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Irene and Ian's account

The MacDonald Family

“When you lose a child it doesn’t matter how they died. When you lose a child, you lose a child,” says Irene MacDonald about the circumstances surrounding the death of her youngest son, Robin, nearly 19 years ago following a heroin overdose.

At the time of his death, Robin had battled with heroin for some time, but the family were optimistic about his chances of recovery, not to say completely unprepared for the shock news of his death and the events that were to follow.

It was an otherwise ordinary Tuesday evening in November when the MacDonalds, Irene and her husband Ian from Cheltenham, learned of Rob’s death. Home from work, Irene was settling down to watch TV, while Ian was getting ready to meet friends for a night out. Then the phone rang. It was Rob’s partner.

“She told us she had found him dead in their house when she came in from work. I don’t remember much of the journey [to their house] but when we arrived, there were already loads of people there. Police, paramedics, the coroner’s officer.

“What I remember most is the police treating Rob’s house as a crime scene. They kept calling him ‘the body’, told us we couldn’t see him and asked us to ‘go away.’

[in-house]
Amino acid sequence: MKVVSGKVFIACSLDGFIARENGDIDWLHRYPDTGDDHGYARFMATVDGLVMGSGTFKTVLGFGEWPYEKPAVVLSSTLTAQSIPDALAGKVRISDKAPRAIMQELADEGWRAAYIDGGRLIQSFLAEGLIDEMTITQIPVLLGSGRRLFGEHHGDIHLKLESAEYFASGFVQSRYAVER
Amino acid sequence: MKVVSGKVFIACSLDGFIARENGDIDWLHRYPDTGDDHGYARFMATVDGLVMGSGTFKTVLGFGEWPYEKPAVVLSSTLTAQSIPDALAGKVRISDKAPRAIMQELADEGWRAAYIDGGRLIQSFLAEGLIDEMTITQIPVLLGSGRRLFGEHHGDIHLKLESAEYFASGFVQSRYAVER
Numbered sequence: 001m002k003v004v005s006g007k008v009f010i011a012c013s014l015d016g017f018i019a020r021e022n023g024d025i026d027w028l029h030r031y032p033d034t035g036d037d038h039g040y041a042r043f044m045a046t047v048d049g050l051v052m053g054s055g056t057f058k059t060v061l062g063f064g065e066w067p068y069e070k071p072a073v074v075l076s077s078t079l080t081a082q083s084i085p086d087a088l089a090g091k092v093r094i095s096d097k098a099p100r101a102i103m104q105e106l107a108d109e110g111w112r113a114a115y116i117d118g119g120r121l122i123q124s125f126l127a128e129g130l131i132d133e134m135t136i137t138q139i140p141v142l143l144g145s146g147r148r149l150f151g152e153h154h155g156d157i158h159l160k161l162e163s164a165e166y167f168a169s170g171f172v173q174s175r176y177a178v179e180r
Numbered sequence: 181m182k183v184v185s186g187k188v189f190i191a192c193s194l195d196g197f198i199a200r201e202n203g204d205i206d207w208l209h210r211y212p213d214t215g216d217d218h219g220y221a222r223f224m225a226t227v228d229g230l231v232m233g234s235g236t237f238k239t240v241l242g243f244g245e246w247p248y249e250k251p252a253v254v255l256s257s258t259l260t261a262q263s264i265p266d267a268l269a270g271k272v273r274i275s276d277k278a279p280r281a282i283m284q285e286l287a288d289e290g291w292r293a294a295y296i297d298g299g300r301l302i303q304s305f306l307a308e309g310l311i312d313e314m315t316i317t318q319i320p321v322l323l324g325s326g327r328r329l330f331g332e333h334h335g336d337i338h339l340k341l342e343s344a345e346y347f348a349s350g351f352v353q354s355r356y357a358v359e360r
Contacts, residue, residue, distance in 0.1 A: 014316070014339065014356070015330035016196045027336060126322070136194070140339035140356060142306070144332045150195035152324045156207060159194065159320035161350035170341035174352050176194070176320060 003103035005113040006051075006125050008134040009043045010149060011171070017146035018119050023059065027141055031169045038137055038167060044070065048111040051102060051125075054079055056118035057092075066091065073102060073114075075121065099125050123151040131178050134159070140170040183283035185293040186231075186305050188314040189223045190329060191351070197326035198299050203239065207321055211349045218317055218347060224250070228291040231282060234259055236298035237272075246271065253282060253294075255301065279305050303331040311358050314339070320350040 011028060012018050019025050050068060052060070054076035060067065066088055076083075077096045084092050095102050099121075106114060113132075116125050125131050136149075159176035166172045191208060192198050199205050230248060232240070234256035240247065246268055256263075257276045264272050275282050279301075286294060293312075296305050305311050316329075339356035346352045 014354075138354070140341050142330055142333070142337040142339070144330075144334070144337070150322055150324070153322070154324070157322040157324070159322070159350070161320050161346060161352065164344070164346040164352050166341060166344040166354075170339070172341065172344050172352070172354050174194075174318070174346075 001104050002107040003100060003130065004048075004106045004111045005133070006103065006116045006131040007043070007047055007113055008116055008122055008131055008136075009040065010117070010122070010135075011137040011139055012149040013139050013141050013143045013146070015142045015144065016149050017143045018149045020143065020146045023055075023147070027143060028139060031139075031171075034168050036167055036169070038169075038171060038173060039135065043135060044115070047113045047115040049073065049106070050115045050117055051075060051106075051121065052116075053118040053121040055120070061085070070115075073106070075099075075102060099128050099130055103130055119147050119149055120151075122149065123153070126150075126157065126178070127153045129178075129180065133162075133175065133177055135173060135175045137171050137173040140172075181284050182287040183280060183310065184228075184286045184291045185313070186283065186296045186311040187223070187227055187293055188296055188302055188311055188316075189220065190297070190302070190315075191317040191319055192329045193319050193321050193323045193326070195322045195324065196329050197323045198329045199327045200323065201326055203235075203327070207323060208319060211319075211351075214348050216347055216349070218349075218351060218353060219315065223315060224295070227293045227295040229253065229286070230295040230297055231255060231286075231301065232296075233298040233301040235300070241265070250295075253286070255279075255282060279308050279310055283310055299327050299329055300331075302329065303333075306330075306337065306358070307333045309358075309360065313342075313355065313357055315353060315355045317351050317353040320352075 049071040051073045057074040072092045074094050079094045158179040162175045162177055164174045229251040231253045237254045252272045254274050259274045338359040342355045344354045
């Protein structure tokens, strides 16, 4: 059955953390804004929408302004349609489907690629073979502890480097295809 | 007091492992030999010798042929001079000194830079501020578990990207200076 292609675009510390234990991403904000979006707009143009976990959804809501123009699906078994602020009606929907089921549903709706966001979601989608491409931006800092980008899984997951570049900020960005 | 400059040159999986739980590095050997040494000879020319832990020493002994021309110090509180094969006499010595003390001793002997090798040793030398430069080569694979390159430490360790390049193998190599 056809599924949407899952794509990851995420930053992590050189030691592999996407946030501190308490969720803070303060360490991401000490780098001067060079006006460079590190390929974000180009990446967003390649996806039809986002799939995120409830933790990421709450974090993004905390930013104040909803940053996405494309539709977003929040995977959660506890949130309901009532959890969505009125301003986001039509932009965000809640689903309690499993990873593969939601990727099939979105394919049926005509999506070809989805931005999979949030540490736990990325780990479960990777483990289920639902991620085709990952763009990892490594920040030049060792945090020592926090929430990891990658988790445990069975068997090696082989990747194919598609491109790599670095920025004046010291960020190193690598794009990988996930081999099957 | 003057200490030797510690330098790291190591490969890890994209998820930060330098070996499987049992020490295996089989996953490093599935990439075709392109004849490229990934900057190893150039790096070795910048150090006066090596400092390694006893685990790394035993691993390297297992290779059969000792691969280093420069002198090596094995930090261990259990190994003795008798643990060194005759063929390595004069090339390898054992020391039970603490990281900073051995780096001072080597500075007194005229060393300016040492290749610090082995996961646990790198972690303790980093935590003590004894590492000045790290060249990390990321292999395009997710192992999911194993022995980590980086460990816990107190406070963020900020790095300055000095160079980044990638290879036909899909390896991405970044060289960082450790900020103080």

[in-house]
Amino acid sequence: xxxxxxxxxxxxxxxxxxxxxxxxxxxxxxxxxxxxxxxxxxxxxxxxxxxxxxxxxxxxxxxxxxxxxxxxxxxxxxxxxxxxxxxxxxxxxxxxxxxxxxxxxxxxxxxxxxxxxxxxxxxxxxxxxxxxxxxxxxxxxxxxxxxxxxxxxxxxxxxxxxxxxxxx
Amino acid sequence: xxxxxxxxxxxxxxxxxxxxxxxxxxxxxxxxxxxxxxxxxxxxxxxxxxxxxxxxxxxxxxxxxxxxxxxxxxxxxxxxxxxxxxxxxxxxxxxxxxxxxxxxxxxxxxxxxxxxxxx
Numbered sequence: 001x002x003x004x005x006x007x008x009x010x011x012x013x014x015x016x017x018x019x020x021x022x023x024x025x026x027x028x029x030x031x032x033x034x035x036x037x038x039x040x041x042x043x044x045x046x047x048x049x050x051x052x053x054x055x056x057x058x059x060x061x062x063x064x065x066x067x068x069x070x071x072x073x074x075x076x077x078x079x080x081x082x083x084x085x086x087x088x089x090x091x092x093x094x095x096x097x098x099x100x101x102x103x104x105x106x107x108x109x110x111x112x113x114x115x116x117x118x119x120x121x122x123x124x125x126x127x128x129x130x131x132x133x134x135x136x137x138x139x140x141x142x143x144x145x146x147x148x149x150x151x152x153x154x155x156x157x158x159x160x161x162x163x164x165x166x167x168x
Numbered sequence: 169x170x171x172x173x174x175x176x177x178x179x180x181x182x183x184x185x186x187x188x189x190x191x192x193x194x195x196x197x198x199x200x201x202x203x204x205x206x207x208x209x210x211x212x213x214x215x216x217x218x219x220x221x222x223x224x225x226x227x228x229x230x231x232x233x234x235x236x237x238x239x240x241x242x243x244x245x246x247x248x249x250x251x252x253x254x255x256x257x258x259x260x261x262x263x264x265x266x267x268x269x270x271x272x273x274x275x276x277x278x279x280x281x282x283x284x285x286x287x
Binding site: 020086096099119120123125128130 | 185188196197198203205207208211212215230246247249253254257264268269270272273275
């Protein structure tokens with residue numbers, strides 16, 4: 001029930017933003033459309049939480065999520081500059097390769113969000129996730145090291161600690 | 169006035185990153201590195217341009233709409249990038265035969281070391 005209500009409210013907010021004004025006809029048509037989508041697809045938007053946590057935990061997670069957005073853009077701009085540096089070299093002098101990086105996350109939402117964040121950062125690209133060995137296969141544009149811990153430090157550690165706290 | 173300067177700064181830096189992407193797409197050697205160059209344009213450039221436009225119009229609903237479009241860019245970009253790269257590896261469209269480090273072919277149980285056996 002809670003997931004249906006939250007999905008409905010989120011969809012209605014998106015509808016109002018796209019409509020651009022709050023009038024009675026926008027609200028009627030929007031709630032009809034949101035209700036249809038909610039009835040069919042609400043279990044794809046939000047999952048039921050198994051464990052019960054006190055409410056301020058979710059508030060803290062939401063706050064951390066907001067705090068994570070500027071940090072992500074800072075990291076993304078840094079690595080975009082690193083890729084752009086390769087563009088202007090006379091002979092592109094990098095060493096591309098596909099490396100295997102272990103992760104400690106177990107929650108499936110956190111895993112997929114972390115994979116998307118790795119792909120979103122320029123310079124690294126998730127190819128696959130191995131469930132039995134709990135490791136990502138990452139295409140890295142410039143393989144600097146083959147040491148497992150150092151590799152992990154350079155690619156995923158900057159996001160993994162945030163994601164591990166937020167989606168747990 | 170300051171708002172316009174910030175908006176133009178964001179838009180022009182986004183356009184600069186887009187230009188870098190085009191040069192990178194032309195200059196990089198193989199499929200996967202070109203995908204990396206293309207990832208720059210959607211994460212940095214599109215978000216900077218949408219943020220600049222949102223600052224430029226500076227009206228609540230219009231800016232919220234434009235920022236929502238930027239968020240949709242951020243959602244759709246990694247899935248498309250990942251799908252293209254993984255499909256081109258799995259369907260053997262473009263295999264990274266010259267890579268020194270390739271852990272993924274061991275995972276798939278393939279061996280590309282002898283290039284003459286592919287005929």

“When Rob was taken away we didn’t know where he had been taken to. It was just horrendous,” recounts Irene. It took four days before Ian and Irene could see Rob.

“[The police’s] reaction was, because he was a heroin user, he must be a criminal and they seemed more concerned that there could be an outbreak of deaths [because of the batch of heroin] rather than the fact that our son had died.” Irene tells me.

“I know people mean well, but when someone said to me ‘move on’, I just thought ‘move on where?’” Irene says.

“I went to the Citizens’ Advice Bureau, then I went to the Library,” Irene recalls. “I had two leaflets thrust into my hands with numbers that were out of date.”

“So we set up our own service,” adds Ian.

Four years after Rob’s death, the MacDonalds set up Carer & Parent Support Gloucestershire (CPSG), a small voluntary organisation offering support to family members whose lives have been touched by drug use.

“As we reflected on things through our period of grieving we suddenly decided that, if anything positive was to emerge from Robin's death, there might be something we could do to help other people in a similar situation.”